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Sir John Joseph Caldwell Abbott
Birth: Mar. 21, 1821
Laurentides Region
Quebec, Canada
Death: Oct. 30, 1893
Montreal Region
Quebec, Canada

3rd Prime Minister of Canada. He served in this capacity from June 1891 to October 1892, taking over upon the death of Sir John A. Macdonald, Canada's first prime minister. He became Canada's first native-born prime minister. Born John Joseph Caldwell Abbott, he received a Bachelor of Civil Law from McGill College (now McGill University), in Montreal, Quebec, Canada in 1847 and a Doctor of Civil Law in 1867. Most of his legal practice was in corporate law; however, his most celebrated court case was the defense of, first fourteen, then upon release and recapture, four of those fourteen Confederate agents who had raided St. Albans, Vermont from Canadian soil during the American Civil War. He successfully argued that the Confederates were belligerents rather than criminals and therefore should not be extradited and the episode brought Canadian-American tensions close to armed conflict. A successful Montreal corporate lawyer and businessman, he began lecturing in commercial and criminal law at McGill in 1853, and in 1855 he became a professor and dean of its Faculty of Law, continuing in this position until 1880. Upon his retirement, McGill named him emeritus professor, and in 1881 appointed him to its Board of Governors. He first ran for Canada's Legislative Assembly in 1857 in the Argenteuil district, northwest of Montreal, and was initially defeated. He challenged the election results on the grounds of voting list irregularities and was eventually awarded the seat in 1860. From 1862 to 1863 he served as solicitor general for Lower Canada (Quebec) representing the liberal administration of John Macdonald and Louis Sicotte. In 1862 he was made Queen's Counsel and in 1865 he switched parties and became a Conservative. In 1867 he was elected to the House of Commons as member for Argenteuil. He was removed from his seat by petition in 1874 following his involvement in the Pacific Scandal. He was involved in the promotion of several railway projects, including the Canadian Pacific Railway (of which he served as President) and worked to incorporate and arrange financing for the first Canada Pacific Railway syndicate. As legal advisor to its main financier, Sir Hugh Allan, he was the recipient of the infamous telegram from Prime Minister Sir John A. Macdonald during the 1872 Canadian federal election campaign which read "I must have another ten thousand; will be the last time of calling; do not fail me; answer today." This telegram was stolen from Abbott's office and published, breaking the 1873 Pacific Scandal which brought down Macdonald's Conservative government. He was subsequently elected in a by-election in August 1881. In 1887, Macdonald appointed him to the Senate where he served as Leader of the Government in the Senate from May 12, 1887 to October 30, 1893 (including his term as Prime Minister) and as Minister without Portfolio in Macdonald's cabinet. He also served two one-year terms as Montreal's 19th mayor from 1887 to 1888. He was subsequently a key organizer of a second syndicate which eventually completed the construction of Canada's first transcontinental railway in 1885, serving as its solicitor from 1880 to 1887 and as a director from 1885 to 1891. When Prime Minister Macdonald died in office in June 1891, he supported John Thompson to succeed him, but reluctantly accepted the plea of the divided Conservative party that he should lead the government, though he considered himself a caretaker prime minister for his seventeen months in office. He was one of just two Canadian Prime Ministers, the other being Mackenzie Bowell, to have held the office while serving in the Senate rather than the House of Commons. Soon after he assumed office in 1891, Canada was plunged into an economic recession. Later that same year he faced another challenge as the McGreevy-Langevin scandal came to light, revealing that Hector-Louis Langevin, former Minister of Public Works in the Conservative government, had conspired with contractor Thomas McGreevy to defraud the government. Despite these political setback, he dealt with the backlog of government business awaiting him after Macdonald's death, including reform of the civil service and revisions of the criminal code. In 1892 he attempted to negotiate a new treaty of reciprocity with the United States, but failed to reach an agreement. One year into his time as prime minister, he tried to turn the office over to Thompson, but this was rejected due to anti-Catholic sentiment in the Tory caucus. Suffering from the early stages of brain cancer, his health failed in 1892 and he resigned his office and retired to private life, whereupon Thompson finally became Prime Minister. Abbott died less than a year later at the age of 72. John Abbott College in Sainte-Anne-de-Bellevue, Quebec, near his 300-acre country estate (Boisbriant), is named after him. He was a great-grandfather of Canadian actor Christopher Plummer. (bio by: William Bjornstad)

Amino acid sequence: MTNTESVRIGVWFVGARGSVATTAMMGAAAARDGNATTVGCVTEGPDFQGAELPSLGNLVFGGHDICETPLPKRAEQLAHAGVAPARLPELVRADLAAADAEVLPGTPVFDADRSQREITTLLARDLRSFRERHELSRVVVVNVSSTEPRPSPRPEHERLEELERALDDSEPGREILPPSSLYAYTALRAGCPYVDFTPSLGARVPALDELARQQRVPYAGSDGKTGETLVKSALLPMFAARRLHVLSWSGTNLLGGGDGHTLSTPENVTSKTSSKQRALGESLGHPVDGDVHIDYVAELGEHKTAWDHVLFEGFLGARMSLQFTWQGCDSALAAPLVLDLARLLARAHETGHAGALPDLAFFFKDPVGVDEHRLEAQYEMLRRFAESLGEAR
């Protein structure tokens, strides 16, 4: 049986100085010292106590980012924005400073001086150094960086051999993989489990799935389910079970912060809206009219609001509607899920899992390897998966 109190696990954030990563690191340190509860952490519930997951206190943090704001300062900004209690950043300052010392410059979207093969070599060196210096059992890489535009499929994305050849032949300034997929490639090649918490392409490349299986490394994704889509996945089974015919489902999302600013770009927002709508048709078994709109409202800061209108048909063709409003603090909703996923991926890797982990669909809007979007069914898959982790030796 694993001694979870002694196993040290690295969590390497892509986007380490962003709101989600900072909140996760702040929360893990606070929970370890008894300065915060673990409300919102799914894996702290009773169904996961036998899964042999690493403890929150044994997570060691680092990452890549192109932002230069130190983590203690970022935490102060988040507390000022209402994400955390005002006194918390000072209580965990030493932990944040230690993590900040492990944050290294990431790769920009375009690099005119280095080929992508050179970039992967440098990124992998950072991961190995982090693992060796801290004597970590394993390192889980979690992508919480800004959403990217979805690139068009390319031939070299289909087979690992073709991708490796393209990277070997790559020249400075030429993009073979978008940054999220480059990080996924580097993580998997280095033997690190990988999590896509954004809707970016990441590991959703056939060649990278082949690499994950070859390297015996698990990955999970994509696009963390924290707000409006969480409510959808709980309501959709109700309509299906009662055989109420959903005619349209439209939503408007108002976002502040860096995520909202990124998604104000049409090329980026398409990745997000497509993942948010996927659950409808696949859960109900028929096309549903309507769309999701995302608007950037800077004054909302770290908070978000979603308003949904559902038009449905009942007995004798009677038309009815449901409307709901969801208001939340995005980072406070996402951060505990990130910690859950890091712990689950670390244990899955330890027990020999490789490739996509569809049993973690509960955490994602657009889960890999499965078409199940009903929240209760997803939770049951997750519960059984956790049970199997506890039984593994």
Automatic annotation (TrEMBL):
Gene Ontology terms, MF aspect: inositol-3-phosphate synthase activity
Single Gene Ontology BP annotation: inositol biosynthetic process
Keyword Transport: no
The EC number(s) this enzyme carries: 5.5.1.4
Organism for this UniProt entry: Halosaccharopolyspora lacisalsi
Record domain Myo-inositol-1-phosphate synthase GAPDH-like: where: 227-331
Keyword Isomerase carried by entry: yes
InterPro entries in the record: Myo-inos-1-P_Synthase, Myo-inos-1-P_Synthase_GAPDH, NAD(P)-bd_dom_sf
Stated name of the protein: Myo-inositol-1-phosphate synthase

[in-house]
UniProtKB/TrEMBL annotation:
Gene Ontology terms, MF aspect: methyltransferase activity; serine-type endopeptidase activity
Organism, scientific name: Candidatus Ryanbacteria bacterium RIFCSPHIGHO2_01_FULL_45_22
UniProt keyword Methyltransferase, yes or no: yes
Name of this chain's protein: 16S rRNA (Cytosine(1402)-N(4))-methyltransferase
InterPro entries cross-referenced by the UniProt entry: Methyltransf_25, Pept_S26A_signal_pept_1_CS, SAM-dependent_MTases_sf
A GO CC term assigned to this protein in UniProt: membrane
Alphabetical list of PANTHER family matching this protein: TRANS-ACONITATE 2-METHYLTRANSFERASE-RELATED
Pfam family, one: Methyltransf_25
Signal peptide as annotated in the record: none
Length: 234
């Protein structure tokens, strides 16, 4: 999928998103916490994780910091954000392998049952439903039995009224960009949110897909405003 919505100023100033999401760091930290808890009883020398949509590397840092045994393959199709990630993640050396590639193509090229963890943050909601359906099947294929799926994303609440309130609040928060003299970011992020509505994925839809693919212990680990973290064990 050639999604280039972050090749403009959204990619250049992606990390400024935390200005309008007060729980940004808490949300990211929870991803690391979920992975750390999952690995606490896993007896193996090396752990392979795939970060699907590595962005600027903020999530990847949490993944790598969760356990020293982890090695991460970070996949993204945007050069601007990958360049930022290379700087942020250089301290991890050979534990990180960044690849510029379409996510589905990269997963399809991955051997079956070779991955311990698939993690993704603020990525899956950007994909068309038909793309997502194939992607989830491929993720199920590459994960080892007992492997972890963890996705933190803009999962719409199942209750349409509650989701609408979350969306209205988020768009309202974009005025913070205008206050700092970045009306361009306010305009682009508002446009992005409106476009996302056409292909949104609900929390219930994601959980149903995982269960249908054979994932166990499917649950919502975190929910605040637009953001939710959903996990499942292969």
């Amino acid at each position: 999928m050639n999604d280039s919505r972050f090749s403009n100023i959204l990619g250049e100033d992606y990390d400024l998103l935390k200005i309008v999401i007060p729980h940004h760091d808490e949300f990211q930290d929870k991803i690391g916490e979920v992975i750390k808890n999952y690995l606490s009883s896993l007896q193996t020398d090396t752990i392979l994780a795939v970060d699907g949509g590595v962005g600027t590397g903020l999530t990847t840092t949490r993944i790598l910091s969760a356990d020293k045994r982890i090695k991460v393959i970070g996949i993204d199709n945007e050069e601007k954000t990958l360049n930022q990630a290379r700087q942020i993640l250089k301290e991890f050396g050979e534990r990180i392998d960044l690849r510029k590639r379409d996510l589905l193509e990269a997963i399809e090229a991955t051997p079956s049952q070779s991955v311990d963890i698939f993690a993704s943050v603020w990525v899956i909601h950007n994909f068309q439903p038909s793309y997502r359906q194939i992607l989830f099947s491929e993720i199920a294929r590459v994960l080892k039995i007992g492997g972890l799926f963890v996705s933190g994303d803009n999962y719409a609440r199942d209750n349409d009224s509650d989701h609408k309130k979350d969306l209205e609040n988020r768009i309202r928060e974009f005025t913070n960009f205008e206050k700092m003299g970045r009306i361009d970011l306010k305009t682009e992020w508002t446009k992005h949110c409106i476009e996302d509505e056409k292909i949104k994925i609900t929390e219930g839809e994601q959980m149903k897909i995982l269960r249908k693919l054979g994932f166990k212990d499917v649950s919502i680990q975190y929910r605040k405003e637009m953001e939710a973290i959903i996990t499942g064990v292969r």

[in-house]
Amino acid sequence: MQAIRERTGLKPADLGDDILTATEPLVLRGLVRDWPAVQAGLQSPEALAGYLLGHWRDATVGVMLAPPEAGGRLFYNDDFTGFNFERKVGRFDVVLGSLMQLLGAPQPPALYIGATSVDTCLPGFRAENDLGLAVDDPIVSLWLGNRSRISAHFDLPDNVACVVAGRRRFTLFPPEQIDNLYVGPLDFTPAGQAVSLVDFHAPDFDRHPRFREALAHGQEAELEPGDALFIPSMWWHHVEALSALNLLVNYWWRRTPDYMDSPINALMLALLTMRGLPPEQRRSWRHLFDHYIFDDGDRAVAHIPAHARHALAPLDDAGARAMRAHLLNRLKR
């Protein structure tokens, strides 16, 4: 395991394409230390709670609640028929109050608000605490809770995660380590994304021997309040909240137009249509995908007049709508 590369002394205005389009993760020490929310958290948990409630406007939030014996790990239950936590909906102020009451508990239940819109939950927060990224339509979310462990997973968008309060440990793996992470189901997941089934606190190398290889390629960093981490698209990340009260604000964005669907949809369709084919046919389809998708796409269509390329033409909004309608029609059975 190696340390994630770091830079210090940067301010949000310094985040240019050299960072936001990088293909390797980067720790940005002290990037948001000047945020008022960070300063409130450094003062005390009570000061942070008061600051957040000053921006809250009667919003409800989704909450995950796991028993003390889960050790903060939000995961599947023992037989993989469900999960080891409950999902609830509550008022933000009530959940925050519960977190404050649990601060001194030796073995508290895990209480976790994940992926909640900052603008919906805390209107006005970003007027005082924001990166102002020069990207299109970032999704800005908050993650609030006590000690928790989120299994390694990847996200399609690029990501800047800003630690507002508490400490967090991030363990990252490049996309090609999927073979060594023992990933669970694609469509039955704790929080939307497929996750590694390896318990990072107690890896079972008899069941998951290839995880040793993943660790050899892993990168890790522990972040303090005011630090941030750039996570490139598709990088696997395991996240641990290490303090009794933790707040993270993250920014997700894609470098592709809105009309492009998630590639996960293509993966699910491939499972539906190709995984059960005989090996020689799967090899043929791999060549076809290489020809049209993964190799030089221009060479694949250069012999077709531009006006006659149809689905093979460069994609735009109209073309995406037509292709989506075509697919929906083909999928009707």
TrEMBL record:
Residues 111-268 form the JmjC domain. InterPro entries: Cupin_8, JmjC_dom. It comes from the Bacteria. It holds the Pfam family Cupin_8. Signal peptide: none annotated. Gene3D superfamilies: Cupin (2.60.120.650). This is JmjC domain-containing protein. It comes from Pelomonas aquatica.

Mount Royal Cemetery
Montreal Region
Quebec, Canada
Plot: Section C, lot #395
Maintained by: Find A Grave
Record added: Jan 01, 2001
Find A Grave Memorial# 2553
Sir John Joseph Caldwell Abbott
Added by: Mr Michael Carl O'Neil
Sir John Joseph Caldwell Abbott
Added by: Mount Royal Cemetery
Sir John Joseph Caldwell Abbott
Added by: Kyprianos
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